Dave Hogan: My Life In Media

What inspired you to start a career in the media?

In 1979 I'd done my degree in ceramics and I suddenly became very aware I couldn't see the world with a potter's wheel. So I went off travelling with a camera and ended up taking some pictures and placing them with an agency. At the same time showbiz in London was taking off and I got into The Sun and have been there ever since.

When you were 15, what was the family newspaper and did you read it?

We occasionally had the Shropshire Star or the (Powys) County Times and I flicked through, but we didn't have a national daily.

What were your favourite TV and radio programmes?

Blue Peter was one of the greatest influences on me . Christmas never really started until they lit the two coat hangers with the four candles and a bit of tinsel.

What media do you turn to in the morning?

I look at the Getty website first thing every morning, to see what's come in overnight from America. Then you're aware what pictures are fighting for space in the showbiz sections of newspapers.

Do you consult any media sources during the working day?

It's always been the red tops for me but if I'm on a long train journey I'll get all the heavies. I watch Sky News a lot. The BBC website is pretty good as well and Sky online. If there's a breaking story, you'll find there'll be 10 of your pictures on the website.

What's the best thing about your job?

I love observing. I travel all round the world and I get incredible access to people. You're at the best events in the world with an access-all-areas pass and you have a better time than the stars sometimes.

And the worst?

When everybody else is coming home from work, you're just going out. After 25 years of doing that you sometimes think: "We don't lead a normal life."

What is the proudest achievement in your working life?

I was one of the official photographers for Live Aid 20 years ago, spent the past year photographing artists that were involved, did the Band Aid Christmas single and then I ended up being the official photographer for Live 8. I did an exhibition at Getty Images' gallery and all the money from the sale of those pictures went to the Band Aid trust. Every newspaper that used a picture [from Live 8] had to pay a minimum of £500. I think £33,000 was invoiced on one day.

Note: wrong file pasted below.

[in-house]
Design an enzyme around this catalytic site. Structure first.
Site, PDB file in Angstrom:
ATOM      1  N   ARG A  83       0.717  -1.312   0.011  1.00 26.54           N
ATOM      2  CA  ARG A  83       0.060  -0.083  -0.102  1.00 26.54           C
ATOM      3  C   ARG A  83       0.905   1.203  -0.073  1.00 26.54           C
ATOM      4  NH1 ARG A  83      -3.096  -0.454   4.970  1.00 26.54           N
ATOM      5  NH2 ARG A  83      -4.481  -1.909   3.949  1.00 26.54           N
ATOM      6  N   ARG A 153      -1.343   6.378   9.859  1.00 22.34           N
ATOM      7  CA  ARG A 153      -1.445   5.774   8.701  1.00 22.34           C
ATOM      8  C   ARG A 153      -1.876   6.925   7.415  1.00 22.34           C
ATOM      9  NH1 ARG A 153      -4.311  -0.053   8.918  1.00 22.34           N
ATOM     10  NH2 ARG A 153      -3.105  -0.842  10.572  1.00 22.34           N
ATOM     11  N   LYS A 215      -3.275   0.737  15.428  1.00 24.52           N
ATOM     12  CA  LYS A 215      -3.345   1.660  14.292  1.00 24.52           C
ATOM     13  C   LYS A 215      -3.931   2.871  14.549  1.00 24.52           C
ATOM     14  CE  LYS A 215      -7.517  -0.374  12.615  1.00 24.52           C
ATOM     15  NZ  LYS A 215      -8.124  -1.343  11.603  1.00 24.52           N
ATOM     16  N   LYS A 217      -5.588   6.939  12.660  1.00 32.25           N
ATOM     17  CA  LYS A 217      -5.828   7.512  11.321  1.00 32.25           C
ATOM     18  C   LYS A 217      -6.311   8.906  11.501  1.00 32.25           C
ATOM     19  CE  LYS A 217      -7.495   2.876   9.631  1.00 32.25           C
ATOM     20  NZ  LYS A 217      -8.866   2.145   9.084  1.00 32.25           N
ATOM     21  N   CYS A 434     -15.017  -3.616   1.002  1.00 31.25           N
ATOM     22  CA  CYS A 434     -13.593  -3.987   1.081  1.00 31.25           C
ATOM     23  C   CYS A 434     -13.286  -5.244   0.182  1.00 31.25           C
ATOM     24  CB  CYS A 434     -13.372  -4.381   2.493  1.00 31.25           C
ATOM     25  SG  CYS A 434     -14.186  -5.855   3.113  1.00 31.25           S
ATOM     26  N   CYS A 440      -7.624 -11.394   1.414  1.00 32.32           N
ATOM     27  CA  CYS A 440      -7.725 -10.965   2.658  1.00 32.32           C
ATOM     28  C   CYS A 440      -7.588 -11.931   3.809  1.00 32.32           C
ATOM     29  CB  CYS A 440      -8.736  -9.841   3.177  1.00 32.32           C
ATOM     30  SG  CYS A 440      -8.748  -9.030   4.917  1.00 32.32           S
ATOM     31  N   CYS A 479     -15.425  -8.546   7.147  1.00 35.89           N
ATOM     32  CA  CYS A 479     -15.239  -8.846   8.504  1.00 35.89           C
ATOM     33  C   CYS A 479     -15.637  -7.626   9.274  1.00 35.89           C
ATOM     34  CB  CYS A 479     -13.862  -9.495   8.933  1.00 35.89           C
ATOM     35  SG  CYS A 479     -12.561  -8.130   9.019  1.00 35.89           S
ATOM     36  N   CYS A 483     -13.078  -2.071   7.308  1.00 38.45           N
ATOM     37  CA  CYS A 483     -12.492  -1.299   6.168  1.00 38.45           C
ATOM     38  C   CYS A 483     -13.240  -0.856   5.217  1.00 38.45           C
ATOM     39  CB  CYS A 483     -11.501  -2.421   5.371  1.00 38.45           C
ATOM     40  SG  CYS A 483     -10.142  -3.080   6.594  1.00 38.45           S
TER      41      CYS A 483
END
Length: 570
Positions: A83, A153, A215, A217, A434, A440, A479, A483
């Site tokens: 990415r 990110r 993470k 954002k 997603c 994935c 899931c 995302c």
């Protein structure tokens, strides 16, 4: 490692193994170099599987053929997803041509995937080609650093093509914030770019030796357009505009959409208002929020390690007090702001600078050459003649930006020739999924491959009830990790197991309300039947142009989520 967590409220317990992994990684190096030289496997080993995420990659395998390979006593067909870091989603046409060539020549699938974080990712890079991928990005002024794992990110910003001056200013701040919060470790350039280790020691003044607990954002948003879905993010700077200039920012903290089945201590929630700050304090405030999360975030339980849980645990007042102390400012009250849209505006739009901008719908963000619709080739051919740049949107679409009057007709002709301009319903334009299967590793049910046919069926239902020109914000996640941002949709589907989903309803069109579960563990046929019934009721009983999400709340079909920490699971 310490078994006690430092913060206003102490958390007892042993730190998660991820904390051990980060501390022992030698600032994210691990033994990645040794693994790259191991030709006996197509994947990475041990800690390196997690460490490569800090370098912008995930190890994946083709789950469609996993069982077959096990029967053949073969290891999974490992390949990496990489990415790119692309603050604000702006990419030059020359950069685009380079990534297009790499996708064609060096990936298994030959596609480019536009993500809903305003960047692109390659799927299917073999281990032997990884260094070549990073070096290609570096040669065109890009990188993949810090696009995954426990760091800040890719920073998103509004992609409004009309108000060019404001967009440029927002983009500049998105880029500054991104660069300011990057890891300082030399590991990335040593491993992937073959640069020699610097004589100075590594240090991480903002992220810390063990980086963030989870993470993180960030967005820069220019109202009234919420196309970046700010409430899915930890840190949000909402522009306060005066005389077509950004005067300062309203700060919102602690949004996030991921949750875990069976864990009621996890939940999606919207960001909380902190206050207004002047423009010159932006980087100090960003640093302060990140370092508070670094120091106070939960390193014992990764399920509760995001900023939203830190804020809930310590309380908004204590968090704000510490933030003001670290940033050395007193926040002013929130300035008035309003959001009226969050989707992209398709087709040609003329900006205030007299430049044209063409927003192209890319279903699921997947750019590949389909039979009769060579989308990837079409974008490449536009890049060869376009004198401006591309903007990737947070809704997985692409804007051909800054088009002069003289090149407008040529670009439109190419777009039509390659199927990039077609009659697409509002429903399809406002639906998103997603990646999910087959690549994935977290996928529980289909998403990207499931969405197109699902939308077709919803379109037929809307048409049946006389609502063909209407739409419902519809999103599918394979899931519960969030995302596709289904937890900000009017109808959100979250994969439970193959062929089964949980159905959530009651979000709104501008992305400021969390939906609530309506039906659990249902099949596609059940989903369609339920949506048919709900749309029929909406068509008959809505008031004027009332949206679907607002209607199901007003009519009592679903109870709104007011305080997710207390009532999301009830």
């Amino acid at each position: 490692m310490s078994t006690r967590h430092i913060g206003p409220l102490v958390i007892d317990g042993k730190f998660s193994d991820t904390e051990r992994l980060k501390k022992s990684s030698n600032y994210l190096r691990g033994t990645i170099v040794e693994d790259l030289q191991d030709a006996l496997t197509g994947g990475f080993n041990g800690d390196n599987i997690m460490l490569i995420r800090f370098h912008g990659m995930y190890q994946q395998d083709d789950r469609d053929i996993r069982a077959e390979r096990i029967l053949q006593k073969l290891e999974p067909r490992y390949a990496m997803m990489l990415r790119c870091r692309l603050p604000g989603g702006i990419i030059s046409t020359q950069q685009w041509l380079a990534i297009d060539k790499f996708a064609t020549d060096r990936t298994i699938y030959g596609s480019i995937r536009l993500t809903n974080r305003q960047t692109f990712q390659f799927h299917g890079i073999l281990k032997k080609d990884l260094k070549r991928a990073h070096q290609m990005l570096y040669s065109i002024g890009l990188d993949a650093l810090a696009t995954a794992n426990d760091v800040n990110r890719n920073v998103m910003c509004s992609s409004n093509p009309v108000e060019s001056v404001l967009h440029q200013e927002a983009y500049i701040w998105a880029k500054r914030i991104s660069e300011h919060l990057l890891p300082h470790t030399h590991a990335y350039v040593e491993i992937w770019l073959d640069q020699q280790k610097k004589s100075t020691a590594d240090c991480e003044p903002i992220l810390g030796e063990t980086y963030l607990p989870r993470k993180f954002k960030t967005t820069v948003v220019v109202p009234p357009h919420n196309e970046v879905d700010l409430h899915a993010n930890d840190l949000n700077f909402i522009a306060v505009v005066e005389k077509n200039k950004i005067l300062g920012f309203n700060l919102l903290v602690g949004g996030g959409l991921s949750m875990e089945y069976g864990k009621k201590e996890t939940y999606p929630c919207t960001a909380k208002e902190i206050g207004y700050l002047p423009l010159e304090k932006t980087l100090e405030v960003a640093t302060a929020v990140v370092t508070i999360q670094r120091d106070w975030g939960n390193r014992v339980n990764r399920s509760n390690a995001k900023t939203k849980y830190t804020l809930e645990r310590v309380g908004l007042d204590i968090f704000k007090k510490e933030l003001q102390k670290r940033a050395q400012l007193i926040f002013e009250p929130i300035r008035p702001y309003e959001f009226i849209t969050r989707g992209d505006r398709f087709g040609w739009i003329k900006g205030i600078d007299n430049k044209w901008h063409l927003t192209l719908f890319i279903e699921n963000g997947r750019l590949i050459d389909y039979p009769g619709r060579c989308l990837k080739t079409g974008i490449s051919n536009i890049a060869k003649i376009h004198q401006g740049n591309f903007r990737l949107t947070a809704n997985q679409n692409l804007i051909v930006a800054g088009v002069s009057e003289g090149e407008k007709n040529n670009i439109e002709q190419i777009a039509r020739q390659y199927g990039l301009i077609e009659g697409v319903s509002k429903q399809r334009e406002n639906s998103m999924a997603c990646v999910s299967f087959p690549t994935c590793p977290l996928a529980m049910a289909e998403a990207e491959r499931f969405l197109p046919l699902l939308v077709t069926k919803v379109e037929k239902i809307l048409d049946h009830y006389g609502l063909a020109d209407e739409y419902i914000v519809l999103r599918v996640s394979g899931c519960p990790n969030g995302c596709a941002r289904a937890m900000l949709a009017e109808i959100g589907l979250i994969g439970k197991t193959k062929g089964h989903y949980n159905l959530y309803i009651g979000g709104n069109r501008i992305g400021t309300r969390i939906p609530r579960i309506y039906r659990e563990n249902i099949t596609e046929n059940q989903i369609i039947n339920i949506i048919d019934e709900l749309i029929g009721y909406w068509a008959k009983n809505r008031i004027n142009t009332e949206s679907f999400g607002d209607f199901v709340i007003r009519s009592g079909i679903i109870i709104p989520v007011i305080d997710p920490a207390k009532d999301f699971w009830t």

And your most embarrassing moment?

Madonna running me over in 1985. It was front page of most national newspapers and The Sun's headline was "Maimed by Madonna". Kelvin [MacKenzie, former Sun editor] wanted to sue for £1m but I said: "If I sue for £1m I'll never work with Madonna again." I've worked with Madonna so many times since!

At home, what do you tune in to?

My wife's side of the bed is Radio 4 in the morning and my side is Radio 1. I need to know what the trends are for the young pop bands I'm working with but Radio 2 creeps in quite often. I love wildlife documentaries but if I'm not working I love soaps - EastEnders and Corrie. It's that instant switch off.

What is your Sunday paper and do you have a favourite magazine?

Probably the News of the World, then The Sunday Times and The Mail on Sunday. Photography-wise I love Vanity Fair. I think it would be great to do a good old-fashioned photo shoot with no expense spared.

Name the one career ambition you want to realise before you retire

I'd love a big book of 25 years of my pictures with anecdotes - behind every picture there's a funny story. Hogan's Heroes is the working title; it's slightly egotistical but I'd buy it!

If you didn't work in the media, what would you do?

I've got involved in charity work recently with an Aids orphanage in South Africa and I have that dream of doing a year's sabbatical.

Who in the media do you most admire and why?

I came into Fleet Street without the right training and Kelvin MacKenzie gave me my chance. I've worked with some great Bizarre editors; they've all gone on to very strong powerful positions: Piers Morgan, Andy Coulson, Dominic Mohan and it won't be long before Victoria Newton gets snapped up.

The CV

1979: Lands on his feet as the Sun's celebrity photographer, just as the genre is taking off

1985: Snaps Bob Geldof dozing with Paula Yates on his "greatest photographic assignment", the original Live Aid concert

1998: Named Nikon Arts & Entertainment Photographer of the Year and receives a British Picture Editors award

2003: Sells his company Mission Studios to Getty Images, assuring greater worldwide distribution, and photographs the 46664 - Give One Minute of your Life to AIDS concert in Cape Town, which benefited the Nelson Mandela Foundation

2005: Helps make poverty history by selling his iconic images of Live Aid and the Band Aid 20th anniversary recording

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